Mineral Vs. Chemical Sunscreen: Which Is Safer When Breastfeeding?

If you are breastfeeding, your doctor has undoubtedly made you aware that anything you put in or on your body can have an effect on the nutrition your baby receives from you. As such, many breast feeding people take special care to eat the cleanest, healthiest diet they can, and many doctors are happy to provide lists for dietary suggestions. But often, when it comes to choosing skincare, you are sort of on your own, and the waters can get murkier. 

You know that it's important to wear sunscreen for your own health and protection, but how can you be sure that the sunscreen you are using isn't harming your breastfeeding baby? The first thing you need to understand is the difference between chemical sunscreen and physical sunscreen (also called mineral sunscreen). 

Chemical sunscreens contain active ingredients like avobenzone, octinoxate and oxybenzone, and they work by absorbing into your skin. From there, they convert UVA and UVB rays into heat and then release it from the body (via Piedmont). Physical sunscreens, on the other hand, contain active ingredients like titanium dioxide and zinc oxide, which sit on top of the skin and act like a physical barrier, reflecting the sun's rays rather than absorbing them.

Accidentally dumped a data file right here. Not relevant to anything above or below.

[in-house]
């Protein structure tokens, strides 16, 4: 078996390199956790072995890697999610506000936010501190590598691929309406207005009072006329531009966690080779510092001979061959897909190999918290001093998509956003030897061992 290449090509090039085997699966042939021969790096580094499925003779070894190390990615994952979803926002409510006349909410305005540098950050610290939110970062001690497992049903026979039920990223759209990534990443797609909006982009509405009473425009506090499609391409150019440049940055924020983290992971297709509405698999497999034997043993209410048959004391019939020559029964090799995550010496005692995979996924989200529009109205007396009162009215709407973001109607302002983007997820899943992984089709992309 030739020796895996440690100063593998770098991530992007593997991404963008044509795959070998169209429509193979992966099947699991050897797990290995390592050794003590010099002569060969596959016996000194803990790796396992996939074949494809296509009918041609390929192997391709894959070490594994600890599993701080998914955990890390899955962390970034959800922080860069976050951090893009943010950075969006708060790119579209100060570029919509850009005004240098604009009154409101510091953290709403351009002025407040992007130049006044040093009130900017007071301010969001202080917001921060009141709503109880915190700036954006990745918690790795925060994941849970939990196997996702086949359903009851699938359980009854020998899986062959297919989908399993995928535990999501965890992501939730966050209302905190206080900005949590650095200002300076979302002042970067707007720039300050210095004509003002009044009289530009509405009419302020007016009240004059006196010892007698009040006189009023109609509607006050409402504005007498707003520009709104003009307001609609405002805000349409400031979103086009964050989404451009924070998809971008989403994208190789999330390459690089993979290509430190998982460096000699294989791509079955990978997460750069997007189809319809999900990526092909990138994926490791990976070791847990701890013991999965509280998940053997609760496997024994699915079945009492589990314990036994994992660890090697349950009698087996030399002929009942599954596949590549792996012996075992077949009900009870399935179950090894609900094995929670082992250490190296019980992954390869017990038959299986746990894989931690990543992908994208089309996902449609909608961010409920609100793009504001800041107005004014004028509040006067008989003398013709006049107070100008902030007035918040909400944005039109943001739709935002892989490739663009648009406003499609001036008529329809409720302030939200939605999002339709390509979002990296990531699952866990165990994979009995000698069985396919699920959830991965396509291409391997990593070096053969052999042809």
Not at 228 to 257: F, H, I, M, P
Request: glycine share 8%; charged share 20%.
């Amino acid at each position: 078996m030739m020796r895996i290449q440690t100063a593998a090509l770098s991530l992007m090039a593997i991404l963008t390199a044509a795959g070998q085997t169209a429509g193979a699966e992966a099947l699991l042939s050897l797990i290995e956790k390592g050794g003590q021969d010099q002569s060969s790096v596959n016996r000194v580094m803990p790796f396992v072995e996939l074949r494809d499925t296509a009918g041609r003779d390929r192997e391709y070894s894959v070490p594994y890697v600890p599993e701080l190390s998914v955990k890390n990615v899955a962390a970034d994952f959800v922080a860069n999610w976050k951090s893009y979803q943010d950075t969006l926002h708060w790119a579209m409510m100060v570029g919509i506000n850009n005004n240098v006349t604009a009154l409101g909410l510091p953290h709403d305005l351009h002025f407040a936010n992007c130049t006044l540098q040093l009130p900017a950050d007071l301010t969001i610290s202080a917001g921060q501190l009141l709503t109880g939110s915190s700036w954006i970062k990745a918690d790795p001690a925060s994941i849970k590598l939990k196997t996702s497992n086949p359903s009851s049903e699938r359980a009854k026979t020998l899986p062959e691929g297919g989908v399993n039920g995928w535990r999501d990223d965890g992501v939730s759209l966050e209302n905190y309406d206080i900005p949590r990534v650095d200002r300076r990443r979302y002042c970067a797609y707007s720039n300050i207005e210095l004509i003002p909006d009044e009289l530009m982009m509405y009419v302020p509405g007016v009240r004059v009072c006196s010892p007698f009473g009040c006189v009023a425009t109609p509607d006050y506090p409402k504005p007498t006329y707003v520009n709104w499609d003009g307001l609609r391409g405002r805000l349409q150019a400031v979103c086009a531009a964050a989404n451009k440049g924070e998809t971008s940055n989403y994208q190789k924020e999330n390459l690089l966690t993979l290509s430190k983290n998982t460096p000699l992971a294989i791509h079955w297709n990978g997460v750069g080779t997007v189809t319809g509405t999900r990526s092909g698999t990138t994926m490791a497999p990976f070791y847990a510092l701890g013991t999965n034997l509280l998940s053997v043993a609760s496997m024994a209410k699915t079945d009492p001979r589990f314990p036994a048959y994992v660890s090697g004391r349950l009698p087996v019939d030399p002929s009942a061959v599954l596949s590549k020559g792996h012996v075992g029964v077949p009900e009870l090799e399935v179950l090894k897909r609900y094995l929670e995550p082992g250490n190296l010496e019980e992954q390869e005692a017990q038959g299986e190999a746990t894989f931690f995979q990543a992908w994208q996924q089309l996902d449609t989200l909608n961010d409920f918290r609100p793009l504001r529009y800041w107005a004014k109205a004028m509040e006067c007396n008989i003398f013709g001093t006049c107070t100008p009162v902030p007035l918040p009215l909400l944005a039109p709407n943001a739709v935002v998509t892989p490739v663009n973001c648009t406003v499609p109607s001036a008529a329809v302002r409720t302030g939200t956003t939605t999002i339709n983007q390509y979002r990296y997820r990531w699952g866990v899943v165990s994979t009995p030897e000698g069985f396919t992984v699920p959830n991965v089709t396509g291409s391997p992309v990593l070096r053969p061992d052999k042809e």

So, which is safer for breastfeeding?  

One choice makes the most sense

Physical sunscreens, the ones that sit on top of your skin rather than absorbing into your body, are the safest choice for people who are breastfeeding (via Healthline). While studies on chemical sunscreens are ongoing, there are only two sunscreen ingredients that the FDA has deemed "safe" for all people, including those who are pregnant and breastfeeding, and those ingredients are zinc oxide and titanium dioxide, the two most common physical sunscreens. 

Because these do not absorb into your body at all, and instead sit on top of your skin, there is no risk of these ingredients getting into your bloodstream and therefore, potentially, into your breastmilk. Meanwhile, according to the Environmental Working Group, all of the following chemical sunscreens are absorbed into the body after just a single use: oxybenzone, octinoxate, octisalate, octocrylene, homosalate and avobenzone. As such, since these ingredients have not yet been found safe and effective, your best bet is to use physical sunscreens while breastfeeding.